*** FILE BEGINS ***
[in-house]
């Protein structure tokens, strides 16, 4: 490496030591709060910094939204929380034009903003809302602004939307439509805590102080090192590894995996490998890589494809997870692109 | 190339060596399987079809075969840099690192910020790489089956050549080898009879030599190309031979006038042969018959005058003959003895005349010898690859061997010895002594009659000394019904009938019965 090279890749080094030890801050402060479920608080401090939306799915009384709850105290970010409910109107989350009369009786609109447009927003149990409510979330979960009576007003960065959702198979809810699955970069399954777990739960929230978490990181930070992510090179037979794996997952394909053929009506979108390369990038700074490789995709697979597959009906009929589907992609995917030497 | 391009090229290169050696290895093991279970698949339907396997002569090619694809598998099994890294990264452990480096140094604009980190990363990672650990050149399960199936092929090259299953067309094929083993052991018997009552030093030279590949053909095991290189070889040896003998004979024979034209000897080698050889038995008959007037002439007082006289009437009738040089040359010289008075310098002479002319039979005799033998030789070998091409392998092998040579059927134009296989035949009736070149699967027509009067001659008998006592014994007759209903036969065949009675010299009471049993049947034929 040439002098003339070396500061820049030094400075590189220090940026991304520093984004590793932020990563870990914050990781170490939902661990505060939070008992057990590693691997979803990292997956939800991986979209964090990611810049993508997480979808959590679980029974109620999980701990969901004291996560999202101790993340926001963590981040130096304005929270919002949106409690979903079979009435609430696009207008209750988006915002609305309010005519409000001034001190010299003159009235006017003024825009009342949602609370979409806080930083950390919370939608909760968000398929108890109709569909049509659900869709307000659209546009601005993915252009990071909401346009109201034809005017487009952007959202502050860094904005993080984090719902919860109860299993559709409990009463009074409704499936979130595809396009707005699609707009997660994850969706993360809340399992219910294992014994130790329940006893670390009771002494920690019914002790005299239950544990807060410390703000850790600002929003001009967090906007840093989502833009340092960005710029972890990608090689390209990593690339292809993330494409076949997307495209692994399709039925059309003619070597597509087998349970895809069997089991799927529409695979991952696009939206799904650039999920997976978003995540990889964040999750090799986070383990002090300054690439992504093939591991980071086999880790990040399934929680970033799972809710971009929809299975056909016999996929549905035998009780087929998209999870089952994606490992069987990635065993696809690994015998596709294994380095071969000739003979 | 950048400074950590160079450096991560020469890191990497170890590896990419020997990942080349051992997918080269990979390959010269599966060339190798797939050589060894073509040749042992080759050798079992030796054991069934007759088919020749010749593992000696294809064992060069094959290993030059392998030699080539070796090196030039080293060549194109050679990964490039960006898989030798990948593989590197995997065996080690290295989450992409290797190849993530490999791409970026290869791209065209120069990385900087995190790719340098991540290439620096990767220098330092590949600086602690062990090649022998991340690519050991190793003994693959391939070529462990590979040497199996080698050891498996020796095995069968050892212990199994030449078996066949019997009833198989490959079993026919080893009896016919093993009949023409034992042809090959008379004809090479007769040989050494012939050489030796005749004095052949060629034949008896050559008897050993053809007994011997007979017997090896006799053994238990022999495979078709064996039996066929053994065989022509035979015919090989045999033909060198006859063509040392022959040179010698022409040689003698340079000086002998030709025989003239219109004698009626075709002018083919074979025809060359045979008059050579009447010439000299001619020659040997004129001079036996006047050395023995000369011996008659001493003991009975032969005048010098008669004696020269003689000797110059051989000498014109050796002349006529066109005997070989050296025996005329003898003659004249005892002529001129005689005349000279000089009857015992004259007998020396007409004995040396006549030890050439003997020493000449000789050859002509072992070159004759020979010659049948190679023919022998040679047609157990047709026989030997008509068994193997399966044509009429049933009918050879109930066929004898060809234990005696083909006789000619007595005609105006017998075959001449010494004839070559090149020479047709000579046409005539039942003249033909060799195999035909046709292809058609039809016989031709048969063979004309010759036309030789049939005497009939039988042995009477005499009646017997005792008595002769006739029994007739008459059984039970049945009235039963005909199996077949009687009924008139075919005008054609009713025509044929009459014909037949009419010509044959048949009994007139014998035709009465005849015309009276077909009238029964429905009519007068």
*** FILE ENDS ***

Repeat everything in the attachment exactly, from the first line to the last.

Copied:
[in-house]
């Protein structure tokens, strides 16, 4: 490496030591709060910094939204929380034009903003809302602004939307439509805590102080090192590894995996490998890589494809997870692109 | 190339060596399987079809075969840099690192910020790489089956050549080898009879030599190309031979006038042969018959005058003959003895005349010898690859061997010895002594009659000394019904009938019965 090279890749080094030890801050402060479920608080401090939306799915009384709850105290970010409910109107989350009369009786609109447009927003149990409510979330979960009576007003960065959702198979809810699955970069399954777990739960929230978490990181930070992510090179037979794996997952394909053929009506979108390369990038700074490789995709697979597959009906009929589907992609995917030497 | 391009090229290169050696290895093991279970698949339907396997002569090619694809598998099994890294990264452990480096140094604009980190990363990672650990050149399960199936092929090259299953067309094929083993052991018997009552030093030279590949053909095991290189070889040896003998004979024979034209000897080698050889038995008959007037002439007082006289009437009738040089040359010289008075310098002479002319039979005799033998030789070998091409392998092998040579059927134009296989035949009736070149699967027509009067001659008998006592014994007759209903036969065949009675010299009471049993049947034929 040439002098003339070396500061820049030094400075590189220090940026991304520093984004590793932020990563870990914050990781170490939902661990505060939070008992057990590693691997979803990292997956939800991986979209964090990611810049993508997480979808959590679980029974109620999980701990969901004291996560999202101790993340926001963590981040130096304005929270919002949106409690979903079979009435609430696009207008209750988006915002609305309010005519409000001034001190010299003159009235006017003024825009009342949602609370979409806080930083950390919370939608909760968000398929108890109709569909049509659900869709307000659209546009601005993915252009990071909401346009109201034809005017487009952007959202502050860094904005993080984090719902919860109860299993559709409990009463009074409704499936979130595809396009707005699609707009997660994850969706993360809340399992219910294992014994130790329940006893670390009771002494920690019914002790005299239950544990807060410390703000850790600002929003001009967090906007840093989502833009340092960005710029972890990608090689390209990593690339292809993330494409076949997307495209692994399709039925059309003619070597597509087998349970895809069997089991799927529409695979991952696009939206799904650039999920997976978003995540990889964040999750090799986070383990002090300054690439992504093939591991980071086999880790990040399934929680970033799972809710971009929809299975056909016999996929549905035998009780087929998209999870089952994606490992069987990635065993696809690994015998596709294994380095071969000739003979 | 950048400074950590160079450096991560020469890191990497170890590896990419020997990942080349051992997918080269990979390959010269599966060339190798797939050589060894073509040749042992080759050798079992030796054991069934007759088919020749010749593992000696294809064992060069094959290993030059392998030699080539070796090196030039080293060549194109050679990964490039960006898989030798990948593989590197995997065996080690290295989450992409290797190849993530490999791409970026290869791209065209120069990385900087995190790719340098991540290439620096990767220098330092590949600086602690062990090649022998991340690519050991190793003994693959391939070529462990590979040497199996080698050891498996020796095995069968050892212990199994030449078996066949019997009833198989490959079993026919080893009896016919093993009949023409034992042809090959008379004809090479007769040989050494012939050489030796005749004095052949060629034949008896050559008897050993053809007994011997007979017997090896006799053994238990022999495979078709064996039996066929053994065989022509035979015919090989045999033909060198006859063509040392022959040179010698022409040689003698340079000086002998030709025989003239219109004698009626075709002018083919074979025809060359045979008059050579009447010439000299001619020659040997004129001079036996006047050395023995000369011996008659001493003991009975032969005048010098008669004696020269003689000797110059051989000498014109050796002349006529066109005997070989050296025996005329003898003659004249005892002529001129005689005349000279000089009857015992004259007998020396007409004995040396006549030890050439003997020493000449000789050859002509072992070159004759020979010659049948190679023919022998040679047609157990047709026989030997008509068994193997399966044509009429049933009918050879109930066929004898060809234990005696083909006789000619007595005609105006017998075959001449010494004839070559090149020479047709000579046409005539039942003249033909060799195999035909046709292809058609039809016989031709048969063979004309010759036309030789049939005497009939039988042995009477005499009646017997005792008595002769006739029994007739008459059984039970049945009235039963005909199996077949009687009924008139075919005008054609009713025509044929009459014909037949009419010509044959048949009994007139014998035709009465005849015309009276077909009238029964429905009519007068």